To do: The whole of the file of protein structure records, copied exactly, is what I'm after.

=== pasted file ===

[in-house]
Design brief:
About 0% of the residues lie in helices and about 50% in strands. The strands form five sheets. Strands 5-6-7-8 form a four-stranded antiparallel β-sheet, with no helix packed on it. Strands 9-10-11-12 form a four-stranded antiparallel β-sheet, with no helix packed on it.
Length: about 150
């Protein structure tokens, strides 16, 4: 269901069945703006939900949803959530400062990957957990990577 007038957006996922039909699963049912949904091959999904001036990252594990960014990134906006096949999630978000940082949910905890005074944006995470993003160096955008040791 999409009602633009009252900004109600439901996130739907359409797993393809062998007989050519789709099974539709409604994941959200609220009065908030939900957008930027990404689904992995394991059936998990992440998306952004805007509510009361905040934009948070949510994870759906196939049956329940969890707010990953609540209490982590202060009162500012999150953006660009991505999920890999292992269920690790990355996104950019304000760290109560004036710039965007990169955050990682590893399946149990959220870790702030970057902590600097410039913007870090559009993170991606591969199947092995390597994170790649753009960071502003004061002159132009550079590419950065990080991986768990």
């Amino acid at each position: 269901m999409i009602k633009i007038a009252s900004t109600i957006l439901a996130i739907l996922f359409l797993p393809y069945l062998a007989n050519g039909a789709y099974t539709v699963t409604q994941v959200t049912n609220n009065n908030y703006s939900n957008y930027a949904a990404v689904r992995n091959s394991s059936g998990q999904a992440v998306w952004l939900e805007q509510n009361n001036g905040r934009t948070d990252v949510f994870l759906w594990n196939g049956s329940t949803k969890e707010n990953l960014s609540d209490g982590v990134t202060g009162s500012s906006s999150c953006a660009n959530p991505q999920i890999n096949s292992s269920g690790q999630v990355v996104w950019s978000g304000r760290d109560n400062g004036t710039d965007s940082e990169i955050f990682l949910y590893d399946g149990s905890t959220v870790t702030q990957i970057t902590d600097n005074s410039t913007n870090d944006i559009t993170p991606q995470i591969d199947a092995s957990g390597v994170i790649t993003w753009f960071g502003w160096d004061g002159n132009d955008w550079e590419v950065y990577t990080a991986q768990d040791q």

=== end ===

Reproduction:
[in-house]
Design brief:
About 0% of the residues lie in helices and about 50% in strands. The strands form five sheets. Strands 5-6-7-8 form a four-stranded antiparallel β-sheet, with no helix packed on it. Strands 9-10-11-12 form a four-stranded antiparallel β-sheet, with no helix packed on it.
Length: about 150
């Protein structure tokens, strides 16, 4: 269901069945703006939900949803959530400062990957957990990577 007038957006996922039909699963049912949904091959999904001036990252594990960014990134906006096949999630978000940082949910905890005074944006995470993003160096955008040791 999409009602633009009252900004109600439901996130739907359409797993393809062998007989050519789709099974539709409604994941959200609220009065908030939900957008930027990404689904992995394991059936998990992440998306952004805007509510009361905040934009948070949510994870759906196939049956329940969890707010990953609540209490982590202060009162500012999150953006660009991505999920890999292992269920690790990355996104950019304000760290109560004036710039965007990169955050990682590893399946149990959220870790702030970057902590600097410039913007870090559009993170991606591969199947092995390597994170790649753009960071502003004061002159132009550079590419950065990080991986768990």
């Amino acid at each position: 269901m999409i009602k633009i007038a009252s900004t109600i957006l439901a996130i739907l996922f359409l797993p393809y069945l062998a007989n050519g039909a789709y099974t539709v699963t409604q994941v959200t049912n609220n009065n908030y703006s939900n957008y930027a949904a990404v689904r992995n091959s394991s059936g998990q999904a992440v998306w952004l939900e805007q509510n009361n001036g905040r934009t948070d990252v949510f994870l759906w594990n196939g049956s329940t949803k969890e707010n990953l960014s609540d209490g982590v990134t202060g009162s500012s906006s999150c953006a660009n959530p991505q999920i890999n096949s292992s269920g690790q999630v990355v996104w950019s978000g304000r760290d109560n400062g004036t710039d965007s940082e990169i955050f990682l949910y590893d399946g149990s905890t959220v870790t702030q990957i970057t902590d600097n005074s410039t913007n870090d944006i559009t993170p991606q995470i591969d199947a092995s957990g390597v994170i790649t993003w753009f960071g502003w160096d004061g002159n132009d955008w550079e590419v950065y990577t990080a991986q768990d040791q």